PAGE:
Thurston Moore’s bruising, darkly uplifting single is a fed-up scream for light in a dark age. Biting guitars drone high and sparkly, then turn into a rhythmic low-pitched grumbling matched by a punk jungle drumbeat. Thurston’s familiar voice croons in subdued patterns above it. A pretty, exotic chord change as a bit of relief, then back to the doom beat. Electric guitars sounding like they’re being played delicately with rakes intertwine and melt into electric guitars sounding like they’re being played roughly with feathers. Constant mesmeric drums.
There is a nice juxtaposition of sparse, quick lyrics and then drawn out haiku of trance-inducing guitar solos. The words are simple and direct: “Cease fire, cease fire … free love, free love, can’t you see there’s God above?”
It is a cry for peace from the bottom of a dark well of hate and chaos. Thurston’s played enough noisy guitar to blast out of his skull any notion of political, geographical or religious rivalry as anything but cancerous poison to our great human species, and with this song the aged and wizened art-punk pioneer cries out a simple call to lay down arms and join him in his free-artist compassionate utopia.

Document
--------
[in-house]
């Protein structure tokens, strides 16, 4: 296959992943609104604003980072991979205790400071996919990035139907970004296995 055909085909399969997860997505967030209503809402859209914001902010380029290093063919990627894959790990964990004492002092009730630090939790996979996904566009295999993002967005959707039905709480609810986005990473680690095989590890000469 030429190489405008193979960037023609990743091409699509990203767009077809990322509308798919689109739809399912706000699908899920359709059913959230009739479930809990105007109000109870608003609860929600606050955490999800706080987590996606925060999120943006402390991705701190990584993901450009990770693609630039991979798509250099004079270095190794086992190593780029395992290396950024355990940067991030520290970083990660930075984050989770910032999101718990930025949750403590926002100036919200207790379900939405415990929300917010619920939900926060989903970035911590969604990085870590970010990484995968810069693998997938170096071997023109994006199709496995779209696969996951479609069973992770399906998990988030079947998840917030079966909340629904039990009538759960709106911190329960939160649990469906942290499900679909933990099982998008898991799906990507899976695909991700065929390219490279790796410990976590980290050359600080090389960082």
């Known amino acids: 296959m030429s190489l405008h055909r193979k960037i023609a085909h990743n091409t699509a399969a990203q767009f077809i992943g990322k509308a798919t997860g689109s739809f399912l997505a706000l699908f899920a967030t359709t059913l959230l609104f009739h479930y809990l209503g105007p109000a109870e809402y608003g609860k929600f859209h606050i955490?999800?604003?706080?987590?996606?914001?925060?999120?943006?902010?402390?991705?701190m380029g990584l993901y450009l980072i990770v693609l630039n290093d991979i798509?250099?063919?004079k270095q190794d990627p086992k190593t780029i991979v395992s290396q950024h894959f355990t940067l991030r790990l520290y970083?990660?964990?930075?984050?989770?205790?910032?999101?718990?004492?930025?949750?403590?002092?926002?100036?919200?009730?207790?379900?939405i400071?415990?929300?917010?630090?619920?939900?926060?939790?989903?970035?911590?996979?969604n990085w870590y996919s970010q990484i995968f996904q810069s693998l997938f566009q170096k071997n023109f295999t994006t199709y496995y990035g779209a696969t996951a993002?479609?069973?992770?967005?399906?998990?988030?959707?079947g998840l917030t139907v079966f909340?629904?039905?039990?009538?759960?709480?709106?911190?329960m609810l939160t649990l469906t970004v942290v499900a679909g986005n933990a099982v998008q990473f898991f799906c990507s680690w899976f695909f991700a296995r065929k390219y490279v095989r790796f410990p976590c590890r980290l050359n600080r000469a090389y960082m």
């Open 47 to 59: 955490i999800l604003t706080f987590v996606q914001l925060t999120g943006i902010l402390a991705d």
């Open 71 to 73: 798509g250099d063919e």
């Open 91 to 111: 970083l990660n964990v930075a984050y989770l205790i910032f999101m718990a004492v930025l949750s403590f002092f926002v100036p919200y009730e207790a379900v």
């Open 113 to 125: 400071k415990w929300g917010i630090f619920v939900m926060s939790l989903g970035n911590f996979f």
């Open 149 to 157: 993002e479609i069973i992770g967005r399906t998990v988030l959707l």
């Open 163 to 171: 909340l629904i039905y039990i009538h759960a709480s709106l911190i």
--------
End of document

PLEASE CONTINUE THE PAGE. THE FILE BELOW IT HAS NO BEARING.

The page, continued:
“This song is about the power of love,” says Thurston. It is loving request to burn flags and erase borders.
The track sounds like everything that is great about Sonic Youth — a fantastic band that Thurston was once in — with their timeless scratched up guitar-bass-drums double helix thumping below crystal clear, almost spoken-word drawling but angry vocals.
In “Cease Fire” the interweaving instruments sound eternal and the message is eternal. You can hear the track and read Thurston’s full statement on it here, and here some of the lyrics.
“cease fire, cease fire
can’t you see the kids are wired?
one last cigarette
watch them smile and see them sweat
free love, free love
can’t you see there’s God above?
heaven’s tower’s open fire
free love, free love!”